On the eleventh anniversary of her father's martyrdom during the 26/11 terror attacks, Jui Karkare Navare remembers her father, Maharashtra ATS Chief Hemant Karkare.
Text: Savera R Someshwar/Rediff.com
Videos: Afsar Dayatar/Rediff.com
A father's pride.
A Swarovski pendant in the shape of a lock and key.
Two words, 'Papa gele' (Papa has gone).
A soulful of precious memories.
And a nightmare that may fade, but will never go away.
For the Karkare family, it began on a night that Mumbai will never forget.
At 9.45 pm, Hemant Karkare, the head of Mumbai's anti-terrorism squad, was having a peaceful dinner at his home in Dadar, central Mumbai, when he received an urgent phone call.
Bullets had been fired at Mumbai's arterial station, Chhatrapati Shivaji Terminus, in south Mumbai; a terrorist attack was suspected.
The Mumbai police and the ATS were fighting back.
He raced to the venue, the radio in his vehicle, which included his driver and bodyguards, rapidly spewing information. At CST, Karkare found platform no 1 deserted.
He was told the terrorists had fortified themselves at the nearby Cama and Albless Hospital for women and children. Bullets had been fired there as well; senior police officer Sadanand Date, was injured and had called for back-up.
Karkare, who was now wearing a bullet-proof jacket and helmet, had been joined by encounter specialist Vijay Salaskar and additional commissioner of police Ashok Kamte.
Along with four constables, the trio responded to Date's call and headed to Cama in a Toyota Qualis.
They were just a few minutes away from the hospital, says the sole survivor of the encounter, Constable Arun Jadhav, when two terrorists, wielding AK-47 automatic rifles and sprayed the vehicle with deadly hail of bullets.
In Boston, Hemant Karkare's eldest daughter, Jui Karkare Navare, was preparing for Thanksgiving weekend. It was to be a family gathering.
Jui and her husband Devdutta's cousin were exploring the USS Constitution, oblivious of the dark events grimly unfolding in Mumbai.
As they waited for the ferry to take them back to Boston Harbour, Jui's phone rang. It was her younger sister from Germany.
Sayali had heard television reports that their father was heading to fight the terrorists.
The Karkare family -- his wife, Kavita, Jui, Sayali and son Akash -- held onto each other through conference calls, desperately trying to make sense of what was happening, even more desperately hoping he would be safe.
In her book, Hemant Karkare: A Daughter's Memoir (published by The Write Place) Jui recalls the terrible words she later heard from Sayali.
Words she did not, could not, bear to hear. Or believe.
Jui recalls that terrible night.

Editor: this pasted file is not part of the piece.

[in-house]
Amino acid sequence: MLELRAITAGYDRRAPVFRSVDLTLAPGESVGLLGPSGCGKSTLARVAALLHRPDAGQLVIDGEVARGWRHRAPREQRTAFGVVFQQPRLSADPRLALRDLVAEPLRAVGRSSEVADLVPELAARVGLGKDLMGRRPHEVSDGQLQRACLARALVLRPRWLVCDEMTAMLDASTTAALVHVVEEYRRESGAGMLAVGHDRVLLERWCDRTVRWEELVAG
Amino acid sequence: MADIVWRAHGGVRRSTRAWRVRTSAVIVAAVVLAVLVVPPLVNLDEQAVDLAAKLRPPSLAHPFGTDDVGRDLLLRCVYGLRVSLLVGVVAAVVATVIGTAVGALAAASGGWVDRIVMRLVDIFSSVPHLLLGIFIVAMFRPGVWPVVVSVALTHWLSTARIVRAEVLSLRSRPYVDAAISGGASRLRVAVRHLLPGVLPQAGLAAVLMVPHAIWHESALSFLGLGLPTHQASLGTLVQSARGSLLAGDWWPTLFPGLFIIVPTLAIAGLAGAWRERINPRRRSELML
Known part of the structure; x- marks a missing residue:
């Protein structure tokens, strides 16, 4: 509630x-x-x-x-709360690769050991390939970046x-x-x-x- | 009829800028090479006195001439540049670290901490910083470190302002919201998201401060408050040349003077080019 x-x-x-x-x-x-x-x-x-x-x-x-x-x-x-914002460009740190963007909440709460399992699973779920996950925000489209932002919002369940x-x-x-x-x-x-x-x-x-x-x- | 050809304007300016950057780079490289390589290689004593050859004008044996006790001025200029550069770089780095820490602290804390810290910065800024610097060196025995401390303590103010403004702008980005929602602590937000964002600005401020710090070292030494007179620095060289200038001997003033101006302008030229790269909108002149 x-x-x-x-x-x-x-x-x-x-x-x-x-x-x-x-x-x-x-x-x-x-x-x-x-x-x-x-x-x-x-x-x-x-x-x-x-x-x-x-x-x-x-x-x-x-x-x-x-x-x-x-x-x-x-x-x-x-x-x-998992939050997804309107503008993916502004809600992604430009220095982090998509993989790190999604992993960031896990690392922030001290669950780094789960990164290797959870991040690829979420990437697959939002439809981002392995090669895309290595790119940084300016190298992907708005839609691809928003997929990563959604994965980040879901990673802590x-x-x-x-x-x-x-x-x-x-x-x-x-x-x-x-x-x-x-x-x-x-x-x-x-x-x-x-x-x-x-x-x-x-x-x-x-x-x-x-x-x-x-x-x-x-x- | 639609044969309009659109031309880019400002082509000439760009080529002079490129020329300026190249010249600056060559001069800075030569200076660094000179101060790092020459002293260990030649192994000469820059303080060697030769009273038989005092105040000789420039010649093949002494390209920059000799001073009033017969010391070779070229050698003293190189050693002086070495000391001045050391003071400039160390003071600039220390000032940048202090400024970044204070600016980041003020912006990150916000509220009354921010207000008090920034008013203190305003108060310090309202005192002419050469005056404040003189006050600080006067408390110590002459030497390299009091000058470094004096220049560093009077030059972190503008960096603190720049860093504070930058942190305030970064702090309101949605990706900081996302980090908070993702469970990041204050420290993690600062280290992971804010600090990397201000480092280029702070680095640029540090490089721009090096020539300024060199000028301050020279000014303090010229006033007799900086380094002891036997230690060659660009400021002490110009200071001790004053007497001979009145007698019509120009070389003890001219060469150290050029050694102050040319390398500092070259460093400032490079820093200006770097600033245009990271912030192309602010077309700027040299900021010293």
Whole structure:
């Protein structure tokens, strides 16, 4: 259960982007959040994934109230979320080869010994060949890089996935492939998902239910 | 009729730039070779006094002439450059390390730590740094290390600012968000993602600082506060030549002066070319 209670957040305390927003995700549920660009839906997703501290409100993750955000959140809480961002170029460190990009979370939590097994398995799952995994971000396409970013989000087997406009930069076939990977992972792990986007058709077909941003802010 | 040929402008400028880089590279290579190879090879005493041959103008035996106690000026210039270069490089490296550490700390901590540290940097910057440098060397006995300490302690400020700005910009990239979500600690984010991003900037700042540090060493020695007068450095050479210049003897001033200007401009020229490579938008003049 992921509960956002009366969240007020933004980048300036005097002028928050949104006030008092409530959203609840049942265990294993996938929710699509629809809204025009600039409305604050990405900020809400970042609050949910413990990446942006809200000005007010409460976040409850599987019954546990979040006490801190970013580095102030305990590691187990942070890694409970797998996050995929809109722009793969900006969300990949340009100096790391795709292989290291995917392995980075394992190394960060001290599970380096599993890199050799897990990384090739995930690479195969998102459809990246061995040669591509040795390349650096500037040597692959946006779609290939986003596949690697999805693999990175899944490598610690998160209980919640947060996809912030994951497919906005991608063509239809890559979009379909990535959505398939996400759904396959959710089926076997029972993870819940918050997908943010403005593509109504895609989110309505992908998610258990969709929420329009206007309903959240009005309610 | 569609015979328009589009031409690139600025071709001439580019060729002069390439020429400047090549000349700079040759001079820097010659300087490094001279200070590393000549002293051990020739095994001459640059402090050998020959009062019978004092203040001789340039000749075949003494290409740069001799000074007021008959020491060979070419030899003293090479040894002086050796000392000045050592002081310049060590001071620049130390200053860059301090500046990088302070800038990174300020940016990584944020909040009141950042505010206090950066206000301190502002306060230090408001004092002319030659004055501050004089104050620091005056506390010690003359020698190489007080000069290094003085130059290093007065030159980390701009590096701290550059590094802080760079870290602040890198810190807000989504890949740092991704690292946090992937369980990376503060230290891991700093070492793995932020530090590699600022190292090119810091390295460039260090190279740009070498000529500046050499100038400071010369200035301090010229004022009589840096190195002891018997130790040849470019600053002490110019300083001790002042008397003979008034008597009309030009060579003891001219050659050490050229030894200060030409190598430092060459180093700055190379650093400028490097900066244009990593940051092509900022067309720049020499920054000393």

For Jui, her dad was always "a superhero", somebody who nobody could ever kill, who would always rescue people.
Which is why she, and the rest of the family, found it extremely difficult to accept that Hemant Karkare was gone. That quickly. That suddenly.
Eleven years later, she says with great dignity, "Even Death is not going to take him away. He laid down his life for his country. After such a supreme sacrifice, you stay forever in people's memory."
A proud daughter, she says has never regretted, even for a moment, that her father chose a life-threatening career. A career where, for his investigation into the Malegaon blasts where he identified, for the first time, Hindu organisations as also being responsible for terrorist attacks, he was branded a traitor by right wing Hindu organisations.
Though her father was a practising Hindu, Jui says, his dictum was simple. 'Nobody is above the law. No religion teaches you to perform such heinous crimes.'
Dealing with her father's death, within a year-and-a-half of her marriage, and while she was in a different country, is one of the most difficult thing Jui has had to do.
"I had to pay a heavy price. I lost my father. Nobody can make up for that loss."
For the longest time, small things, small events, would trigger "intense emotions in her."
Today, though, she smiles at the happier memories. Like the special gift she received from her father on her 16th birthday.
And, for those who doubted her father's ability, she has a message.
As a parent of two little girls, Jui finds herself admiring her father's ability and patience.
And she wishes, deeply, that she could have seen him as a grandparent.
The loss of a loved one is unbearable. And when it is under unexpected circumstances, the pain is even more acute.
There are the small sorrows and joys you want to share with them, or just make that daily call, but when you turn around, there is no one there.
Her mother Kavita, who became a pillar of support for the widows of the policemen who were martyred on 26/11, succumbed to a brain haemorrhage six years after her husband's death.
Behind the stern cop, reveals Jui, was an artistic, creative, thinking man who loved reading and wood carving.
Hemant Karkare was passionate about reading even as a child. So much so he was once locked up in a library.
Jui shares the sweet story, one of her favourite tales about her father, that her grandmother used to tell her.
Four months before he was martyred, Hemant and Kavita Karkare visited their daughter in Boston.
It's a memory that she treasures, but it is one that is tinged with regret.
Moments from Hemant Karkare's life: